Kennel cough is a common and contagious condition found in dogs. It is as life threatening to dogs as the common cold is to humans, which is to say it is dangerous only in very extreme conditions. Outbreaks tend to happen when many dogs are kept together in enclosed spaces, like kennels. You can see where the name came from.
The kennel cough vaccination (a scoosh up the nose) only protects against two strains and ironically can be accused of helping to spread those two strains due to inappropriate vaccination of dogs.
Many owners don’t realise that kennel cough vaccinated dogs are themselves contagious for several weeks afterwards by sneezing out doses of the virus everywhere they go, including on walks, when socialising with other dogs and when boarding either in kennels or home boarding.
Yup, that's right. Your newly kennel cough-vaccinated dog is actually spreading the disease for two weeks afterwards to all the other dogs he meets.
This is why we now insist that dogs who have been kennel cough vaccinated must not board with us until at least two weeks afterwards, for the safety of all our other boarders and our resident dogs. For this reason, we do not insist on dogs receiving the kennel cough vaccine before they come to board with us.
Kennel cough can only be fatal to the very young, very old or ill. Fit and healthy dogs do not require vaccinating as they have incredibly strong immune systems. If you decide your healthy dog should have it, you may in fact be adding to the endemic because the more healthy dogs who receive it, the further the virus will be spread via these dogs.
As mentioned, the Kennel Cough vaccine only claims to protect against two strains and this illness, like all viruses, continue to mutate and multiply into many different strains - we feel that the vaccine (when given to fit and healthy dogs) is really doing more harm than good.
Appropriate vaccinating is the future!
If you are concerned about dog vaccinations, take it up with your vet. They should have the time to listen and respond to your concerns, and we’d love it if you could pass on your advice to us so we can share with everyone.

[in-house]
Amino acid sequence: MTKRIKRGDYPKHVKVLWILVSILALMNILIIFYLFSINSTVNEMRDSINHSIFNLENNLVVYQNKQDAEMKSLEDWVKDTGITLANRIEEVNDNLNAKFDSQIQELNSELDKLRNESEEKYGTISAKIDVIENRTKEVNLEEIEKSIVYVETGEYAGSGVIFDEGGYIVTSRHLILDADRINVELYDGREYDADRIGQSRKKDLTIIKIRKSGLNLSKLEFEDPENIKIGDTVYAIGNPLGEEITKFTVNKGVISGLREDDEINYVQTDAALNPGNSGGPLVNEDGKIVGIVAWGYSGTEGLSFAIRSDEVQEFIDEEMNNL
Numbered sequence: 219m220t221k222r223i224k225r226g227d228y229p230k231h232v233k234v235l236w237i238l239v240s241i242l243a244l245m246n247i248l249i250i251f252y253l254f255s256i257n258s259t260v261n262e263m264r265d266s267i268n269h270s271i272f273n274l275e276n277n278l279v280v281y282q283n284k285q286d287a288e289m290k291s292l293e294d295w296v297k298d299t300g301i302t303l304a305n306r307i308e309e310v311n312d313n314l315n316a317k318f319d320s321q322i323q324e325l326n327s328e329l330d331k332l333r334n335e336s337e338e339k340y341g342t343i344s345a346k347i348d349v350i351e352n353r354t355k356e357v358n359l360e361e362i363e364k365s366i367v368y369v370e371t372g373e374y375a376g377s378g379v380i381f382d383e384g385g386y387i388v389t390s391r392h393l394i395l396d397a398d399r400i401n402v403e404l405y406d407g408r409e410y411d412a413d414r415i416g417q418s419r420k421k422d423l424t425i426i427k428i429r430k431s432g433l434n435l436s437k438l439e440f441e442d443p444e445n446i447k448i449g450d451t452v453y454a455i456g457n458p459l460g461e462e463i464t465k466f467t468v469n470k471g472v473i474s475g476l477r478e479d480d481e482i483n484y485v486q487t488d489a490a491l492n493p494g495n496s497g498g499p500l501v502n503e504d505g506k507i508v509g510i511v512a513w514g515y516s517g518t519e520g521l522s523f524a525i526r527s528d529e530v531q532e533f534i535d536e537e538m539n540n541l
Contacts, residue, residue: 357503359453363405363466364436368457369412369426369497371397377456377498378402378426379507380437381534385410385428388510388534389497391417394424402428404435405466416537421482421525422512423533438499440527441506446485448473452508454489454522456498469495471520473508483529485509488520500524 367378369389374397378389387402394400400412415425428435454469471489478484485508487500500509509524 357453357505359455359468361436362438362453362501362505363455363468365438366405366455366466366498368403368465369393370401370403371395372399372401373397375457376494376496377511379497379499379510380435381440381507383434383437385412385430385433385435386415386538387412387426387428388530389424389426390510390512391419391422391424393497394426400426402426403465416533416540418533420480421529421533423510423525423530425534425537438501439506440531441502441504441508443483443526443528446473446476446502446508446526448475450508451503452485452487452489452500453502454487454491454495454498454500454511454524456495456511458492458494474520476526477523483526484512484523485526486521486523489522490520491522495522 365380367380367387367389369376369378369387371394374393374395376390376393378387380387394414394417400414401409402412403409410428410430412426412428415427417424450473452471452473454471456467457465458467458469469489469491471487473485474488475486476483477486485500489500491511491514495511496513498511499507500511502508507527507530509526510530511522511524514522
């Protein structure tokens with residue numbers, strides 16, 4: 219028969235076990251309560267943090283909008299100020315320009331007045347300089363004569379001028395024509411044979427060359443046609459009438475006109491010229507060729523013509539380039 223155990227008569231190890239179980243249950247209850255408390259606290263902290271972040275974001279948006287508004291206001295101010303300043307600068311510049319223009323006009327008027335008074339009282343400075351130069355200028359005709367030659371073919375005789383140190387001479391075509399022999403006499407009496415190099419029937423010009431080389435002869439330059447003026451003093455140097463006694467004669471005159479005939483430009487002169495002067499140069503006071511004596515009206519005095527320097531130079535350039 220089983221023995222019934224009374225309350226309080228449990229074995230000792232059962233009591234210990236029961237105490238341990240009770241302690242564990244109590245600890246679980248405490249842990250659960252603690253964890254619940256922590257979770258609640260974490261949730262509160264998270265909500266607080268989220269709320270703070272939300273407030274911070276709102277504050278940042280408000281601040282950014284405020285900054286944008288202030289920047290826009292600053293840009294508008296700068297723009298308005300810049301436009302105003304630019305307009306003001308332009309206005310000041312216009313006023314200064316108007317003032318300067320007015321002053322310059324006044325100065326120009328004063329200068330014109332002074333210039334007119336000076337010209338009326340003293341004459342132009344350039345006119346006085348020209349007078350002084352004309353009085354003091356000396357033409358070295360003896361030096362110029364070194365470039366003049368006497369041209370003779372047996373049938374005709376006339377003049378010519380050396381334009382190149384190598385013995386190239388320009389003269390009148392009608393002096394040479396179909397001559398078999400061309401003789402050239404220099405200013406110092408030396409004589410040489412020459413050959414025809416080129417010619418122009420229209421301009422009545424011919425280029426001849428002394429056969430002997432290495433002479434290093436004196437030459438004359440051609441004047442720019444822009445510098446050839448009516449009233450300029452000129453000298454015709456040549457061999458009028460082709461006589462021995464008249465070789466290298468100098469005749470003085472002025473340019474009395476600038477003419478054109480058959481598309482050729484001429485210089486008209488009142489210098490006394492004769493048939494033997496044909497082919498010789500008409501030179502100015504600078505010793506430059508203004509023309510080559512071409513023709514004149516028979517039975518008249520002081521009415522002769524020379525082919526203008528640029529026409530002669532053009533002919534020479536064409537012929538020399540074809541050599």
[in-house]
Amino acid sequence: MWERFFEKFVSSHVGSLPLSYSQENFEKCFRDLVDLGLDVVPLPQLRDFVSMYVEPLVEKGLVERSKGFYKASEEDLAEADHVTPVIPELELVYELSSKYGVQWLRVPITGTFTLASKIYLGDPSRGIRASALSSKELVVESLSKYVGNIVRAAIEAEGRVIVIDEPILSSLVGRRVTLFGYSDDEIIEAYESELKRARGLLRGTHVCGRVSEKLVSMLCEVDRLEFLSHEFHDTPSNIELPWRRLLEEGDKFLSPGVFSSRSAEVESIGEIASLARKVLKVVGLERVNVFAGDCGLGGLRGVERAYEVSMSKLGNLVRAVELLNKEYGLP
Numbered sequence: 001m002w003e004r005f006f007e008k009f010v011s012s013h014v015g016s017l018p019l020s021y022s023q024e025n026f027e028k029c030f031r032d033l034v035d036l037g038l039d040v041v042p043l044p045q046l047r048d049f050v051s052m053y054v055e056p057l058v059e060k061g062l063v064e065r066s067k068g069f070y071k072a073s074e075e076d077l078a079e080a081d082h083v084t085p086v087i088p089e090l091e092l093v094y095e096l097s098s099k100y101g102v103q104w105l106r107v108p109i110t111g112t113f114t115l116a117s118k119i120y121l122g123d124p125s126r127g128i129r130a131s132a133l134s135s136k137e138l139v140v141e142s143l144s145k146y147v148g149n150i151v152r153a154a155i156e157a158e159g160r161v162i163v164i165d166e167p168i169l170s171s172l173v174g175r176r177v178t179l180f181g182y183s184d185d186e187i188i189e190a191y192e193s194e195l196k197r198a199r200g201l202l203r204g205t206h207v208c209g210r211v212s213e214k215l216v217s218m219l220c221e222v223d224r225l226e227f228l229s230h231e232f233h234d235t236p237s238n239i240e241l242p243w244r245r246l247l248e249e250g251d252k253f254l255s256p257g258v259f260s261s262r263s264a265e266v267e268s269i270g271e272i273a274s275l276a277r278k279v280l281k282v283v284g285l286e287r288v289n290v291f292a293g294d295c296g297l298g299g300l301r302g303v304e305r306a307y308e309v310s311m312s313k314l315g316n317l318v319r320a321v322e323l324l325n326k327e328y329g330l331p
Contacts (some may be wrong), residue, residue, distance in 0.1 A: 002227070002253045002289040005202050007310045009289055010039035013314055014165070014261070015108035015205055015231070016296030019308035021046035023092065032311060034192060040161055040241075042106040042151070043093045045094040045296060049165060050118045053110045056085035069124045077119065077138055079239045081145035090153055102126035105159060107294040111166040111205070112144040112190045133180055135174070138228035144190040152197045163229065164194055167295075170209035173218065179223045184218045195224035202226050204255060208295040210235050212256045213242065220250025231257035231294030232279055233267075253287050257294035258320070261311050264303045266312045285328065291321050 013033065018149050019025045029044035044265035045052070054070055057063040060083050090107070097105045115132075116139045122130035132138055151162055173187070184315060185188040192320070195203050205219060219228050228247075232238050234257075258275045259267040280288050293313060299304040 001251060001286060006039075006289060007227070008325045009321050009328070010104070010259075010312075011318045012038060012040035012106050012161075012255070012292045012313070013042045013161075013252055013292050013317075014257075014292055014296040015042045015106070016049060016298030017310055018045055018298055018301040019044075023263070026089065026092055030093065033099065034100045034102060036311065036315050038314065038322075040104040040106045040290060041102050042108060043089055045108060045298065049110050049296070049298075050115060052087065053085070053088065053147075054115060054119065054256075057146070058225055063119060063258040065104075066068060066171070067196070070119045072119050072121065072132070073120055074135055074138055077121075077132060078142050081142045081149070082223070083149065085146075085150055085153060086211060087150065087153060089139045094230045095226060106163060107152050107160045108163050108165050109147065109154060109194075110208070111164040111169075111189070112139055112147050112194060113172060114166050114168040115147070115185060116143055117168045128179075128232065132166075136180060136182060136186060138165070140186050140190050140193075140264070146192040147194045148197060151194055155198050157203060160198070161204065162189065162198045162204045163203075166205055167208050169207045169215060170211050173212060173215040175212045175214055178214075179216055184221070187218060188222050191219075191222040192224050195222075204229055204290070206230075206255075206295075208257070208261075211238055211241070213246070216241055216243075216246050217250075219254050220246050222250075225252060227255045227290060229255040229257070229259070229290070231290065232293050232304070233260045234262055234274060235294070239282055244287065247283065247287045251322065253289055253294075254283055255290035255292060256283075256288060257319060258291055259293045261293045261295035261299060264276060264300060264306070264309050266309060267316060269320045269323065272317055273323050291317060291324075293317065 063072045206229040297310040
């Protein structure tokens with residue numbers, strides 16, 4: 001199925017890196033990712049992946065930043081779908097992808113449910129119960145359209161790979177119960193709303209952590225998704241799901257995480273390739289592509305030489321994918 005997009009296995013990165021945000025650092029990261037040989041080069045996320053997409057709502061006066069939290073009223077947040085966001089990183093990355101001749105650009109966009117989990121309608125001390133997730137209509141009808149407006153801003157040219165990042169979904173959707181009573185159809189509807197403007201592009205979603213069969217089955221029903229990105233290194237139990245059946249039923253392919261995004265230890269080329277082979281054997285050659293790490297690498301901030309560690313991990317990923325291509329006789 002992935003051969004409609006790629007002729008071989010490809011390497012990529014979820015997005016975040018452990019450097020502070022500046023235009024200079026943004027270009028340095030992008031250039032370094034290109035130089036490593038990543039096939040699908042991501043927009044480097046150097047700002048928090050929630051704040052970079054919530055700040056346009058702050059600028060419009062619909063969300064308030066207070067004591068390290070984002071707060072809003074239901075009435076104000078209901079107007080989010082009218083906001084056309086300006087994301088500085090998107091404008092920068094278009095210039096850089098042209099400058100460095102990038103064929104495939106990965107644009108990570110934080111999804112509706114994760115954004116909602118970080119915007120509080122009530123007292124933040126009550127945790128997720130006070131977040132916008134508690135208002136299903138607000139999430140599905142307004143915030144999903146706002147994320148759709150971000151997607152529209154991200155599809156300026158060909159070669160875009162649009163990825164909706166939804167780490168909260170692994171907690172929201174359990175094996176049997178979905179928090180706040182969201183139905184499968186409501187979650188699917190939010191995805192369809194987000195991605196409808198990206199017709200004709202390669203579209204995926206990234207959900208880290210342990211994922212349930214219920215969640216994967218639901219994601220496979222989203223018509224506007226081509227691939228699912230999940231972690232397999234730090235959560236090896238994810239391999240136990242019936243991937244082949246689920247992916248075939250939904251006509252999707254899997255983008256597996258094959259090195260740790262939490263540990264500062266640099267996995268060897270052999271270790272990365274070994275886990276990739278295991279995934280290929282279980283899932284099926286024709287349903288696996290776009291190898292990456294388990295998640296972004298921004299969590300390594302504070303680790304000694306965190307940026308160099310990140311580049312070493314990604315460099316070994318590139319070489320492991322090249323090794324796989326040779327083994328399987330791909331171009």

Whatever you decide to do, it's important you are doing it fully armed with information, and not just following a crowd. We'd love to hear your thoughts, either below or on our Facebook page, on dog vaccinations.
Let’s talk about something we all know about, we all hate, but we all have to put up with.
The dog tax.
What is the dog tax?
Put simply, this is what we call it when you, as a dog owner, are charged extra for simply having a dog. You will probably have experienced this before if you stay in a dog “friendly” hotel, except it’s not that friendly as they will likely want to charge you an extra £10 per dog per night - sometimes more - just for the pleasure of taking your business to them.
It’s hard to justify this charge. We walk, feed and pick-up after our dogs, we even bring their bedding! Dogs aren’t going to be swigging mugs of weak tea with manky tubs of UHT milk, are they? Or spending hours basking in the glorious power shower with questionable full-body shower gel, surely? I mean, this extra charge can’t be because they’ll be calling up room service at 4am for some liver cake and a dog chew, right?
No, the most common reason, we are told, is that it is for all the extra cleaning that dogs bring with them. On the surface, this might sound fair - dogs do tend to be pretty hairy after all. But think this through - how much more work is it to vacuum a floor with dog hair than one without?
How much more work to polish a desk in a room that had a dog, compared to one that didn’t? Even if the dogs are allowed on the bed, I would still expect the covers to be washed to the same standard than if it were just humans using it before the next visitors arrive.
It takes no more work, and that’s our issue here. We don’t object to a doggy deposit, where you pay a reasonable returnable fee for any chew damage or copious mud shakes all over the walls. That’s only fair that if your dog causes damage, you pay for it. If your dog causes no damage, what is there to pay for? Are hotels really giving your room an extra £10 per dog-worth of cleaning each day?